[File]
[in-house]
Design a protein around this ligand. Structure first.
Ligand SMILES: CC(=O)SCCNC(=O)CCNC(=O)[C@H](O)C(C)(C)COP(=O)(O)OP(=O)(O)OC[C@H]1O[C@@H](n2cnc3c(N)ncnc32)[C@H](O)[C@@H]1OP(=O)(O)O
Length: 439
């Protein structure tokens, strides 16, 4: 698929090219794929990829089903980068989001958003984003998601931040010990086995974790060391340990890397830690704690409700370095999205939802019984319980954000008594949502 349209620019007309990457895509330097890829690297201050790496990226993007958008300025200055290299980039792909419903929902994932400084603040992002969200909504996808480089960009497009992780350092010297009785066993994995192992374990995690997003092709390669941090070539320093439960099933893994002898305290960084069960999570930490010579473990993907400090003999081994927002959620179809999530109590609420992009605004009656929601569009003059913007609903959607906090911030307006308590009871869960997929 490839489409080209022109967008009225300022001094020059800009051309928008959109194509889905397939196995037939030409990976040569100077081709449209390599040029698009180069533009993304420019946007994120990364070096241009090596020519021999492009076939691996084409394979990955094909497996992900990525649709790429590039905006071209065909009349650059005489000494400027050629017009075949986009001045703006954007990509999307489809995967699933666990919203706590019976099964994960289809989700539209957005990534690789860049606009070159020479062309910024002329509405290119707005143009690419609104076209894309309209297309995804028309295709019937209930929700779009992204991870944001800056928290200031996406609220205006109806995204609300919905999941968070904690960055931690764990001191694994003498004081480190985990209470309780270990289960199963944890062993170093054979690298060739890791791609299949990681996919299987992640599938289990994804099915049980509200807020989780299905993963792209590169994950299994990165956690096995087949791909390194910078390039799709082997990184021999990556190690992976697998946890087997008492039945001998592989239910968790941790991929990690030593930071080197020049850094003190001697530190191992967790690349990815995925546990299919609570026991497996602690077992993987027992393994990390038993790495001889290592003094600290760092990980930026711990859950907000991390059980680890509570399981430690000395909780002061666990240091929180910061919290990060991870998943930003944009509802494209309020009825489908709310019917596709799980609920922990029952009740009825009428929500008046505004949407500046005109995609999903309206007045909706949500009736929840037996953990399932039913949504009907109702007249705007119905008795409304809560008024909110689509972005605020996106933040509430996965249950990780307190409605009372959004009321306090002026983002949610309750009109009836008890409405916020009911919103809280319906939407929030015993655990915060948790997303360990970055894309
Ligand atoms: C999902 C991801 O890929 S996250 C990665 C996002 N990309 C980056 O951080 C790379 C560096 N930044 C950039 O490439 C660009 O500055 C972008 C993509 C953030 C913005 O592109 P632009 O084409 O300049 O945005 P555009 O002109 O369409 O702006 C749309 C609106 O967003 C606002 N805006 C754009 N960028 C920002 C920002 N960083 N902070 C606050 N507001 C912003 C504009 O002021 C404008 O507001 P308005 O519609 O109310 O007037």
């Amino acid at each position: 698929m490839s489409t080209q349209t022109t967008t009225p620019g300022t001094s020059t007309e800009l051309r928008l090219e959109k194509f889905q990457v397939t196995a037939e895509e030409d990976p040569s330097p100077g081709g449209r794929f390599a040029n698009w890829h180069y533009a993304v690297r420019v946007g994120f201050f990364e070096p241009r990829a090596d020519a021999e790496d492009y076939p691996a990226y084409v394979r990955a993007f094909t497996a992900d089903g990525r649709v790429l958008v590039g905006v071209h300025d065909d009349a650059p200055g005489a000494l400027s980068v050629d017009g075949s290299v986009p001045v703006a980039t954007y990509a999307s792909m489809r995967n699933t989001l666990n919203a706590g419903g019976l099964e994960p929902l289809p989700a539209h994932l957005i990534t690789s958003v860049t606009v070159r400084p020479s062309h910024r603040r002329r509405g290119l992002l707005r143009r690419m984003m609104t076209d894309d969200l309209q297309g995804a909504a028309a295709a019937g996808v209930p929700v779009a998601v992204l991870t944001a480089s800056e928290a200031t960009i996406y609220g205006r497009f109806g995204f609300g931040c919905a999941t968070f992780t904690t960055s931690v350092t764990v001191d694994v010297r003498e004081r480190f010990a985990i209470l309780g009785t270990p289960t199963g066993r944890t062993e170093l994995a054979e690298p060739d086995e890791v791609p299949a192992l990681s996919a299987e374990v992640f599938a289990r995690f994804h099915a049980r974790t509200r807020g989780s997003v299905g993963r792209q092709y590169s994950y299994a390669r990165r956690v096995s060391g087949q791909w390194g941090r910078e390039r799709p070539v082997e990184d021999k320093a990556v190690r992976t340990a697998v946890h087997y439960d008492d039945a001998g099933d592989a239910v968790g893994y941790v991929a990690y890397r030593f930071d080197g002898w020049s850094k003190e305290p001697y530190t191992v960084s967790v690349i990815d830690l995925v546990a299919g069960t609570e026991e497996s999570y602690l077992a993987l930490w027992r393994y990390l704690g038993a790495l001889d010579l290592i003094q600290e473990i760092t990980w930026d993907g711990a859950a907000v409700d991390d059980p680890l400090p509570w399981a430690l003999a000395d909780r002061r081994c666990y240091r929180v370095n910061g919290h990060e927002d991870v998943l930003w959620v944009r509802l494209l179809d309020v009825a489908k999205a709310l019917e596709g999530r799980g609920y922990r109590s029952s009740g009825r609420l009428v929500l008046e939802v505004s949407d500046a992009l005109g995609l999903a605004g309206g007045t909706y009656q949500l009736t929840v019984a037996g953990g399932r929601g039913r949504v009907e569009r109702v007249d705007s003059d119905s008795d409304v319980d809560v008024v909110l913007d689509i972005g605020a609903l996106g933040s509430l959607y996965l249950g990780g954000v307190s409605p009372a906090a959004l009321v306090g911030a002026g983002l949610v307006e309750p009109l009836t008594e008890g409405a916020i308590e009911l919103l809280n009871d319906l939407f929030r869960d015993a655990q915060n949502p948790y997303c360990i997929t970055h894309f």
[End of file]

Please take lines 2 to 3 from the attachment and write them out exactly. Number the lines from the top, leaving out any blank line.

Design a protein around this ligand. Structure first.
Ligand SMILES: CC(=O)SCCNC(=O)CCNC(=O)[C@H](O)C(C)(C)COP(=O)(O)OP(=O)(O)OC[C@H]1O[C@@H](n2cnc3c(N)ncnc32)[C@H](O)[C@@H]1OP(=O)(O)O